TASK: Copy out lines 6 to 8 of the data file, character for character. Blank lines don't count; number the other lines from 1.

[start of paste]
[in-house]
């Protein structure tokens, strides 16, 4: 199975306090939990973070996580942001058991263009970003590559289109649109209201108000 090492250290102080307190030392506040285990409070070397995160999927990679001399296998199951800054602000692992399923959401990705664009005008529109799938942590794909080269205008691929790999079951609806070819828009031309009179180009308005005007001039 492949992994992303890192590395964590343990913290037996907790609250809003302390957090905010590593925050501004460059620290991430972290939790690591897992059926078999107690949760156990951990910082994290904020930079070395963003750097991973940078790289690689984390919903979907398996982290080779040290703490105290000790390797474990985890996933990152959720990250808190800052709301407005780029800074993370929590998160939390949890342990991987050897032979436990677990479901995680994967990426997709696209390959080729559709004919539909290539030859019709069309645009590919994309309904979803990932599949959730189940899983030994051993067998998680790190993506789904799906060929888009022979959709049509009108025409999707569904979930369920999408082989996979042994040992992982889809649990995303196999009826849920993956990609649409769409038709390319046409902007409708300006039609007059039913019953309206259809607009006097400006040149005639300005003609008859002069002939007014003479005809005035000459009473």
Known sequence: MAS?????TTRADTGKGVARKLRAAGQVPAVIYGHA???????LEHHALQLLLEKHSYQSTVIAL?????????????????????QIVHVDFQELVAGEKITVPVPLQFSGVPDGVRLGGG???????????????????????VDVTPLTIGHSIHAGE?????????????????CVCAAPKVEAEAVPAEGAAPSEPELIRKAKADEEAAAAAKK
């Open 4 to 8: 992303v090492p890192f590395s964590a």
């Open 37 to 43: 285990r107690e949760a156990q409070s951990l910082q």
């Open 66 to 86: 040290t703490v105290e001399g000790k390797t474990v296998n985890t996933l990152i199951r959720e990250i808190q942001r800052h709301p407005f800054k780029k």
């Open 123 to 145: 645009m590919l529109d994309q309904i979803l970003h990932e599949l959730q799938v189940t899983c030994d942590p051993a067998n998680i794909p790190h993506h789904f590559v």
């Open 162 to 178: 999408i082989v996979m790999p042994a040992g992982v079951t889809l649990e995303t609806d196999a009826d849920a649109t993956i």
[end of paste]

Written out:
């Open 66 to 86: 040290t703490v105290e001399g000790k390797t474990v296998n985890t996933l990152i199951r959720e990250i808190q942001r800052h709301p407005f800054k780029k």
């Open 123 to 145: 645009m590919l529109d994309q309904i979803l970003h990932e599949l959730q799938v189940t899983c030994d942590p051993a067998n998680i794909p790190h993506h789904f590559v």
């Open 162 to 178: 999408i082989v996979m790999p042994a040992g992982v079951t889809l649990e995303t609806d196999a009826d849920a649109t993956i």